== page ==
No-deal Brexit ‘more likely’ as May suc­ces­sor un­der pres­sure to de­liver

As EU rifts claim fourth UK leader, new PM faces an uphill bat­tle, write Michael Birn­baum and Griff Witte

Sunday Independent (Ireland) - - Business -

ON one side of the English Channel, sup­port­ers see it as the great­est peace project the world has ever known. But seen from that scep­tred isle scarcely 20 miles out at sea, the Euro­pean Union looks more like a po­lit­i­cal as­sas­sin, one with a par­tic­u­larly ra­pa­cious ap­petite for British prime min­is­ters. The EU claimed its fourth vic­tim in the past three decades last Fri­day, as a choked-up Theresa May ac­knowl­edged that her at­tempt to get Bri­tain out of the bloc with her ca­reer in­tact had failed.

Three of her pre­de­ces­sors have also been evicted from Down­ing Street while try­ing to crack the code of Europe.

Now May’s suc­ces­sor will at­tempt to avoid the same fate. And an­a­lysts say that to do so, he or she may have lit­tle choice but to steer Bri­tain to­ward what was once seen as a re­mote pos­si­bil­ity but is in­creas­ingly viewed as a live prospect: a chaotic de­par­ture from the EU with no agreement on what comes next.

“A no-deal Brexit has be­come sig­nif­i­cantly more likely,” said Steven Field­ing, pol­i­tics pro­fes­sor at the Univer­sity of Not­ting­ham. “Who­ever fol­lows May will be faced with an ex­is­ten­tial threat. They’ll think, ‘If I don’t de­liver Brexit, I’m fin­ished’.”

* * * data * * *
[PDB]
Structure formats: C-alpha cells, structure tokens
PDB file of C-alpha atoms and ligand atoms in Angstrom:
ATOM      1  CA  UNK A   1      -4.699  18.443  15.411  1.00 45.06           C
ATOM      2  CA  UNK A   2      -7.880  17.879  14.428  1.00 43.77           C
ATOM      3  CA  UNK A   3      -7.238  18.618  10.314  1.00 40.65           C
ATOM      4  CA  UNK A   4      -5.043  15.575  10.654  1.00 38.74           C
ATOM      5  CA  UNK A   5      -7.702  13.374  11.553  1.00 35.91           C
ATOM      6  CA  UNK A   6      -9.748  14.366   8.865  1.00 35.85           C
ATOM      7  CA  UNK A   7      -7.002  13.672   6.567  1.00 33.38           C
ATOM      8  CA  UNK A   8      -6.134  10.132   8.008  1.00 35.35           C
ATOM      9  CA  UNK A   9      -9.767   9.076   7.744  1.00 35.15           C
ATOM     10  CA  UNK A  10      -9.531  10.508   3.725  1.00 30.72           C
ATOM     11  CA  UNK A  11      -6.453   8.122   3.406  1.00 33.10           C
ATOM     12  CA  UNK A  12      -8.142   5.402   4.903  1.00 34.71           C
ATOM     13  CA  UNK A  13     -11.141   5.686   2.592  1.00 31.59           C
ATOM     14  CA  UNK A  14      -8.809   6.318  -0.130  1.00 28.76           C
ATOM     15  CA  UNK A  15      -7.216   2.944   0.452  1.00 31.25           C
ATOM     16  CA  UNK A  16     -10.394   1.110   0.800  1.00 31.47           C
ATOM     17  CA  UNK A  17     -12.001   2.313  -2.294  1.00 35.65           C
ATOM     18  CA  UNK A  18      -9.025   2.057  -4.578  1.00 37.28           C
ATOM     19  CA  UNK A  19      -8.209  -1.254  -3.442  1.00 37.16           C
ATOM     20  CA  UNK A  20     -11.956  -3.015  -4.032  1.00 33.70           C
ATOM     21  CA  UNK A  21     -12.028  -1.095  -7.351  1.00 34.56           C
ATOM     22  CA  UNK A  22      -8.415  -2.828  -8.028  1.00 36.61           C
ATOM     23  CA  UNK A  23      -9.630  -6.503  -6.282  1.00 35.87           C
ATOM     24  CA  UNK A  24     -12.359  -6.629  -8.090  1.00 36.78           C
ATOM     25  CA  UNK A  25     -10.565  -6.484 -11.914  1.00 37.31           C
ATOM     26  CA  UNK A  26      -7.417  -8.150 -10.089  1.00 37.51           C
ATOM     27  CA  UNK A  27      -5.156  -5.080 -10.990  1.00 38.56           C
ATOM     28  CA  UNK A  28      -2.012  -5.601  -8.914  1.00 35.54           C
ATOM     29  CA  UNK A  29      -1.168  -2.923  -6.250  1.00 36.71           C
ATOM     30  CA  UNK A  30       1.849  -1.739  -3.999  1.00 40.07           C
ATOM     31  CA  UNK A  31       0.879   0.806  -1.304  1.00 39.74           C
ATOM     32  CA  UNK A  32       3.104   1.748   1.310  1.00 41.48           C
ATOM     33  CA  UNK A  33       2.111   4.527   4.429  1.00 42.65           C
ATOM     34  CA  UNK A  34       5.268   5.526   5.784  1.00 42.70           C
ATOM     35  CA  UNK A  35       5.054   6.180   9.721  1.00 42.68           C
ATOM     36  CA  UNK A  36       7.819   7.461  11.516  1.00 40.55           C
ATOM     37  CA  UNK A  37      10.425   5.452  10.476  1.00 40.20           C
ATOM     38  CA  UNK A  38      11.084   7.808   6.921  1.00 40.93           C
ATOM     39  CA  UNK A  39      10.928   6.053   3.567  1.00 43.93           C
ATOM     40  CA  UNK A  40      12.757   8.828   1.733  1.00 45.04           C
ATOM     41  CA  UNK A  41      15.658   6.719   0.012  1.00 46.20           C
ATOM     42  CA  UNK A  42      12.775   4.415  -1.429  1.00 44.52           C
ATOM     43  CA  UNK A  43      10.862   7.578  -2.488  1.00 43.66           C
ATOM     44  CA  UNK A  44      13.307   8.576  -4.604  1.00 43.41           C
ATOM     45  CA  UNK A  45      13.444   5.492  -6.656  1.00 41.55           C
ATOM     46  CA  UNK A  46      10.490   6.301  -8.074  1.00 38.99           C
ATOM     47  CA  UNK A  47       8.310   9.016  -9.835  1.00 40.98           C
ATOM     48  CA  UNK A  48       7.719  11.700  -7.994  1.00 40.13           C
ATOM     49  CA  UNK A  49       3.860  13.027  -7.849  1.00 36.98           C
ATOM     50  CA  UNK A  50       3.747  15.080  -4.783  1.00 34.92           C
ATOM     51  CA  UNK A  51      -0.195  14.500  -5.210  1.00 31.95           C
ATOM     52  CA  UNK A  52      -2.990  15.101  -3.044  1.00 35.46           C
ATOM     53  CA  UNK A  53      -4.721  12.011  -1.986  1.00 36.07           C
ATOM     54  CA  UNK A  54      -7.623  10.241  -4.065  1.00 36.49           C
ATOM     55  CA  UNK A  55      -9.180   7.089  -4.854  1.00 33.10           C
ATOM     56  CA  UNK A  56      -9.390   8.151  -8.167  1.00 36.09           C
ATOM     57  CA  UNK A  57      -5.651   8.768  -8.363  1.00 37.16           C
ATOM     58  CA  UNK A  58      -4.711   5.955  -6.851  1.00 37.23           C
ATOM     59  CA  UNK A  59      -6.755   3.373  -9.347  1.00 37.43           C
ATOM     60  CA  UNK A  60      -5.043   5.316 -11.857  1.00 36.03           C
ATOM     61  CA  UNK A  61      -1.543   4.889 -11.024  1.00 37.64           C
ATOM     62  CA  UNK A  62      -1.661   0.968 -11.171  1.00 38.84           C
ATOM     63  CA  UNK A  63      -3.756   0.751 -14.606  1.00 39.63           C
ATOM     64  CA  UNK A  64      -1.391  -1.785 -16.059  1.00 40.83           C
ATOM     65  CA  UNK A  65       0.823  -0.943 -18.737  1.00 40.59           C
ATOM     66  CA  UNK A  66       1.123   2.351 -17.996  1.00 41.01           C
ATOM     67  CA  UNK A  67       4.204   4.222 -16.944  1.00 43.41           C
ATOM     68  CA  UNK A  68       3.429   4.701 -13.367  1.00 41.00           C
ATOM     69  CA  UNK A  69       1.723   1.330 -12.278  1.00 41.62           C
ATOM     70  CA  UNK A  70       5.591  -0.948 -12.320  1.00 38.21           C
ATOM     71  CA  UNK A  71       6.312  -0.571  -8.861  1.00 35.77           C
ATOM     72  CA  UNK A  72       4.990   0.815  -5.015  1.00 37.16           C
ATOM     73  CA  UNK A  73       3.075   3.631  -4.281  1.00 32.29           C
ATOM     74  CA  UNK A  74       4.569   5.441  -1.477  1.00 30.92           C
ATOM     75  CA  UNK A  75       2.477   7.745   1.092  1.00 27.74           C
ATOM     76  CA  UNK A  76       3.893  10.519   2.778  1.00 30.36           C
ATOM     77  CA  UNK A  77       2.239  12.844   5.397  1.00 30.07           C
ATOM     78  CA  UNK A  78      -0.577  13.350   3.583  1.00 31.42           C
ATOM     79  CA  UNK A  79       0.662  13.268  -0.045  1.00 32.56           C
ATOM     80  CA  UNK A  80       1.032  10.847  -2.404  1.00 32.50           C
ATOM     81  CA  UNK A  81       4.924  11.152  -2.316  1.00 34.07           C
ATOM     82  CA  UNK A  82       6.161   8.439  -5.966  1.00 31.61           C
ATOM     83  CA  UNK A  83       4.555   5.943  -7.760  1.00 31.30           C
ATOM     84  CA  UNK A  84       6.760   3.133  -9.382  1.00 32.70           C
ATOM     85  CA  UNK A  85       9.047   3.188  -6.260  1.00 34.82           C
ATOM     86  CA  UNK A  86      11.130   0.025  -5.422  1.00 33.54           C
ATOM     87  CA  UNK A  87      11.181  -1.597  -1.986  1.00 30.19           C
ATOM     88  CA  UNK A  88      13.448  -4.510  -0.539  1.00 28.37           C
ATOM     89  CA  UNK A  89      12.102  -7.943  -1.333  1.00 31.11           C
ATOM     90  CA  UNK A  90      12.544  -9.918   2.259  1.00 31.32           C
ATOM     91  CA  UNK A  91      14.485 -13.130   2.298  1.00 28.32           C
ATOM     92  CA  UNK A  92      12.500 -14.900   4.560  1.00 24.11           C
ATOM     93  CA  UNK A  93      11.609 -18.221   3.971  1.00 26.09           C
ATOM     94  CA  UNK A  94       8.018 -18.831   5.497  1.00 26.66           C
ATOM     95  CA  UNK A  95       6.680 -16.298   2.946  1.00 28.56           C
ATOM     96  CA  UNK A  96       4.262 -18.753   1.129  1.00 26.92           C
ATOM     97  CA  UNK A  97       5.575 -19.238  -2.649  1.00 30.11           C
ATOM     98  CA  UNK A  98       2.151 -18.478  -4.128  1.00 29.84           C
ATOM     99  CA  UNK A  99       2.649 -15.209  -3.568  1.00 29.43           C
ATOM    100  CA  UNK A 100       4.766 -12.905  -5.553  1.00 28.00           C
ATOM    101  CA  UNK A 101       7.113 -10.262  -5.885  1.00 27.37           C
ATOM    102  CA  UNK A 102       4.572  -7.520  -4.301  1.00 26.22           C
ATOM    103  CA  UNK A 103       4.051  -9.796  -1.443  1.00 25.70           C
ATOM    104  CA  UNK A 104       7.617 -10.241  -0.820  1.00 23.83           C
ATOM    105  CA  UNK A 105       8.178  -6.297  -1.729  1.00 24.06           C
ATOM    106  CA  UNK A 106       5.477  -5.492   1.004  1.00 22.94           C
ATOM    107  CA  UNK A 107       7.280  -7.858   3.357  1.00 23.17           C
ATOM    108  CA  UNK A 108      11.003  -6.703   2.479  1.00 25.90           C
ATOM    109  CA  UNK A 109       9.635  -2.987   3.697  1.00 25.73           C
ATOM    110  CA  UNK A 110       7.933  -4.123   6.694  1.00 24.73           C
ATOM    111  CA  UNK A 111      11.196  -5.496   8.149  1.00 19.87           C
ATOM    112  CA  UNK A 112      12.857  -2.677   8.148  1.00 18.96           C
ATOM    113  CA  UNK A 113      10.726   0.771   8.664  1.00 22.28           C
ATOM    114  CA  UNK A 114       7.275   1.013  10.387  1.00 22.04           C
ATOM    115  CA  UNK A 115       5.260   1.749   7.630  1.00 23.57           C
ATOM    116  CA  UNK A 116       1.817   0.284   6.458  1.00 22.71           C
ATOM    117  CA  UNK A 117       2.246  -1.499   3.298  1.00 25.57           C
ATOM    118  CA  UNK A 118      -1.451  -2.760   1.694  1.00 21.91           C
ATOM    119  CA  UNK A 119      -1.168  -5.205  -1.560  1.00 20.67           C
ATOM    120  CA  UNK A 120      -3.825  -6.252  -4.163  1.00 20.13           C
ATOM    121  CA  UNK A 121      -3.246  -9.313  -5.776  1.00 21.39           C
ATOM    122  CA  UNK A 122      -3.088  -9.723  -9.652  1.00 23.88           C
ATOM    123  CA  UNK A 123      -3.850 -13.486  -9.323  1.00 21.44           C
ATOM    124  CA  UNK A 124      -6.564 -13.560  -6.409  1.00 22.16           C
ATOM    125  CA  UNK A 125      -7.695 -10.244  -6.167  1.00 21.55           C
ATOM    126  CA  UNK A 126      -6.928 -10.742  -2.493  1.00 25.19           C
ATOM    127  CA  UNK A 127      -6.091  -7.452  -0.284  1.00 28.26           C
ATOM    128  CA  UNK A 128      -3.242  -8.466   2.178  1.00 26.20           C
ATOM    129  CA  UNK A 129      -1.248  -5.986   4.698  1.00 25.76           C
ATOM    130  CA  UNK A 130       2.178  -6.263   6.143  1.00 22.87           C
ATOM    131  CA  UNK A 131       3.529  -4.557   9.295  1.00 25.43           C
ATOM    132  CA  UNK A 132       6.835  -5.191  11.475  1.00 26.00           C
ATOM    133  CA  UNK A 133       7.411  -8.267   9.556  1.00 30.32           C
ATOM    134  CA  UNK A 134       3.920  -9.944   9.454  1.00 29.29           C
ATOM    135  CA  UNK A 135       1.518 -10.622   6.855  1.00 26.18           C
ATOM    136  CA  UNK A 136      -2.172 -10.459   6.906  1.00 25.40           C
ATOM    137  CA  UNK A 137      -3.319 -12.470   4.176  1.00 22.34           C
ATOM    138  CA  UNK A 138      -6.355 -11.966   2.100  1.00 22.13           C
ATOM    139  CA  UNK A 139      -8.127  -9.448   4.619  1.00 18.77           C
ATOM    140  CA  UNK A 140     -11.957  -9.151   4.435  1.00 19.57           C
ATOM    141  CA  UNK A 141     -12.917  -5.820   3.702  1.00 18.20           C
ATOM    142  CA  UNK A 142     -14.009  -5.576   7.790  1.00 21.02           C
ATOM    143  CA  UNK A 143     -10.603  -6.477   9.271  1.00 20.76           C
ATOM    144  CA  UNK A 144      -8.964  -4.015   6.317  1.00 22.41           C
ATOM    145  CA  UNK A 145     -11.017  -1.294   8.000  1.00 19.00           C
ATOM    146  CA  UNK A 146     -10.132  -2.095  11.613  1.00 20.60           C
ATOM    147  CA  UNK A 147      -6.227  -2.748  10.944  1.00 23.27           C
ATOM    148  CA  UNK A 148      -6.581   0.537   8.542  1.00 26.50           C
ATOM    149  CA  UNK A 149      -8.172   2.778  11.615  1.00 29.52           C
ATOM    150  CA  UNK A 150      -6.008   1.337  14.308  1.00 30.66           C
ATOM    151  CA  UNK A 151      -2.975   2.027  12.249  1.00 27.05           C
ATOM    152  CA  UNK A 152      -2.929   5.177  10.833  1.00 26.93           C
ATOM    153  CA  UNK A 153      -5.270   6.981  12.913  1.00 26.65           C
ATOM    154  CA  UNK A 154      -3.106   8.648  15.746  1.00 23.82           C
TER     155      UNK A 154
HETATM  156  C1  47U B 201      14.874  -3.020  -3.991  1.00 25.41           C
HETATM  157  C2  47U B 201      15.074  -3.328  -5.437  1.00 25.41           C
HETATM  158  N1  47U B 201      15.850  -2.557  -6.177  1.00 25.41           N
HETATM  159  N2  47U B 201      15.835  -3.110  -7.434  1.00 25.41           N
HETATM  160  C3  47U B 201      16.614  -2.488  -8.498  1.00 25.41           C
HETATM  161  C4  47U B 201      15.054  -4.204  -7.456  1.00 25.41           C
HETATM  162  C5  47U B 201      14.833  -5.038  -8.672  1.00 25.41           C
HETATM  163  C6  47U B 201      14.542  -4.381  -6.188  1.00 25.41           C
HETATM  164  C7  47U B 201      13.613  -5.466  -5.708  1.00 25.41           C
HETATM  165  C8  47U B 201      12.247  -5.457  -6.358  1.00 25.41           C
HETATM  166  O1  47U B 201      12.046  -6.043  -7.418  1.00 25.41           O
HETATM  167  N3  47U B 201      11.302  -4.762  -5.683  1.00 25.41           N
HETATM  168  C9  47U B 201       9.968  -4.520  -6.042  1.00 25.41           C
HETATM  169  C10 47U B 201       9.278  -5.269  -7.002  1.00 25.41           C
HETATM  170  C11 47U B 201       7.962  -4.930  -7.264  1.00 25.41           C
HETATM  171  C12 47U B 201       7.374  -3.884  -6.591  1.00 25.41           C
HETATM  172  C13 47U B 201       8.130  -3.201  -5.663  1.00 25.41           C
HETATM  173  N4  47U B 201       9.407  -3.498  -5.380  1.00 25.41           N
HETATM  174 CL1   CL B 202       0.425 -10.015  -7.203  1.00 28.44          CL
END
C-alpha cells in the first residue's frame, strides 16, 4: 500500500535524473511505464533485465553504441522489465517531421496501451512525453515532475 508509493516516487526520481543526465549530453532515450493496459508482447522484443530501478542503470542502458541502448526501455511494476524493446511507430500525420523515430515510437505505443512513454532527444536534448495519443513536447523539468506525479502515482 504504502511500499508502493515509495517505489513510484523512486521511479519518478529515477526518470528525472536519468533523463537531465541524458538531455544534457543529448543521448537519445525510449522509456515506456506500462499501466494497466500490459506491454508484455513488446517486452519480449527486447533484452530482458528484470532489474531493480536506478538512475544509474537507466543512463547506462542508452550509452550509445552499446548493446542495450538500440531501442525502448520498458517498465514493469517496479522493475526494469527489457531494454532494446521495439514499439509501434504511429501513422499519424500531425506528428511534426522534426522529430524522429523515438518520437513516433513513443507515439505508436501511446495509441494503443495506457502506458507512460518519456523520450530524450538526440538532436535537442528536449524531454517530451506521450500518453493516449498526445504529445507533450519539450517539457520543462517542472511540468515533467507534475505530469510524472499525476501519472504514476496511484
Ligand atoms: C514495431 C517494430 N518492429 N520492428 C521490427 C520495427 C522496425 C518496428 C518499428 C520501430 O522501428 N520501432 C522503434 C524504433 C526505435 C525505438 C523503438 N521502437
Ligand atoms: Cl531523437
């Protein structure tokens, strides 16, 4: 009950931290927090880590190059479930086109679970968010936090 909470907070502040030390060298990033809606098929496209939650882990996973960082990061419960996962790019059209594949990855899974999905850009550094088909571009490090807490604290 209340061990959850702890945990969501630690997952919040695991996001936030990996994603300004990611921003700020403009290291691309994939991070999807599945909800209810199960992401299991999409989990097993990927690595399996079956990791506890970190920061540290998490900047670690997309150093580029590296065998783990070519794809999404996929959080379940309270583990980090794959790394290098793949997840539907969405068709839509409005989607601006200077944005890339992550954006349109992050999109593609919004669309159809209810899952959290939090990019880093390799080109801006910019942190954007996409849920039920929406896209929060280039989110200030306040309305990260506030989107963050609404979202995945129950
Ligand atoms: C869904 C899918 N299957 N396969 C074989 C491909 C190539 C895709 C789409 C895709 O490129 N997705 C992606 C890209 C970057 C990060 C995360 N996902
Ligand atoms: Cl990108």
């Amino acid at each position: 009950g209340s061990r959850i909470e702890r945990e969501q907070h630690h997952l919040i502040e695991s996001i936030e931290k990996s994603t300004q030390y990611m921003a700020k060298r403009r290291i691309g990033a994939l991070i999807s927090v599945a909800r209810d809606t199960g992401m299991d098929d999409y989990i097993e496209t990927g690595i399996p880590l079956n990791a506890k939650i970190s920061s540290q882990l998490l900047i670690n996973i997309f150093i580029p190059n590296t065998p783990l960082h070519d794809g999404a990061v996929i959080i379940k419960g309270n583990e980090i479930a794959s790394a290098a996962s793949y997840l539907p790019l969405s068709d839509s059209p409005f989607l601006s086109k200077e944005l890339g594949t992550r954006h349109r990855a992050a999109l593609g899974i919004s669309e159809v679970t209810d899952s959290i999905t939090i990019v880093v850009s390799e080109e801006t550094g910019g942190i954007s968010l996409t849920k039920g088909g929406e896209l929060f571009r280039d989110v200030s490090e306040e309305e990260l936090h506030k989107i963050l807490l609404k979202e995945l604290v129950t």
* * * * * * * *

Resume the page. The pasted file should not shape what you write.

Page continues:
If Bri­tain does jump into the post-EU world with­out a net, the im­pact would shake Bri­tain’s econ­omy — with rip­ples, and per­haps waves, far beyond its shores. May had sought to avoid that out­come, press­ing the coun­try’s frac­tious Par­lia­ment to pass the com­pro­mise she struck with her con­ti­nen­tal peers. But that deal was voted down three times, and May re­signed rather than face the in­dig­nity of a fourth de­feat.

With EU lead­ers in­sist­ing there will be no new ne­go­ti­a­tion, it is not clear how May’s suc­ces­sor can fol­low through on Brexit other than to de­part with­out a deal on Hal­loween, the next in a se­ries of dead­lines since Bri­tain’s vote to exit nearly three years ago.

Boris John­son, the for­mer for­eign sec­re­tary and front-run­ner to suc­ceed May, high­lighted

the pos­si­bil­ity last Fri­day, telling an eco­nom­ics con­fer­ence in Switzer­land that his coun­try would “leave the EU on Oc­to­ber 31, deal or no deal.”

Of course, that could be a bluff. John­son ac­knowl­edged as much, adding that “the way to get a good deal is to pre­pare for a no-deal”.

It’s pos­si­ble, some an­a­lysts be­lieve, that John­son — or who­ever takes power in Lon­don — could be con­fronted with the same painful Brexit ed­u­ca­tion May has un­der­gone. That, they say, could lead to yet more un­cer­tainty and re­quests for ex­ten­sions.

But across Europe on Fri­day, May’s res­ig­na­tion brought a recog­ni­tion that a no-deal sce­nario may be the only way out.

“A hard Brexit seems like a re­al­ity that is al­most im­pos­si­ble to avoid,” said a spokes­woman for the Span­ish govern­ment, Is­abel Ce­laa. “There are some in Lon­don who think they can ne­go­ti­ate an­other deal,” said Rosa Bal­four, se­nior fel­low at the Ger­man Mar­shall Fund. “That’s not go­ing to hap­pen. They’ve al­ready got the best deal they’re go­ing to get. The red lines will not change.”

May found that out the hard way, re­peat­edly press­ing her Euro­pean coun­ter­parts to give her more so she could sell Par­lia­ment on the deal and end the im­passe that has left Bri­tain stuck in the nether-re­gion be­tween EU mem­ber­ship and life on the out­side.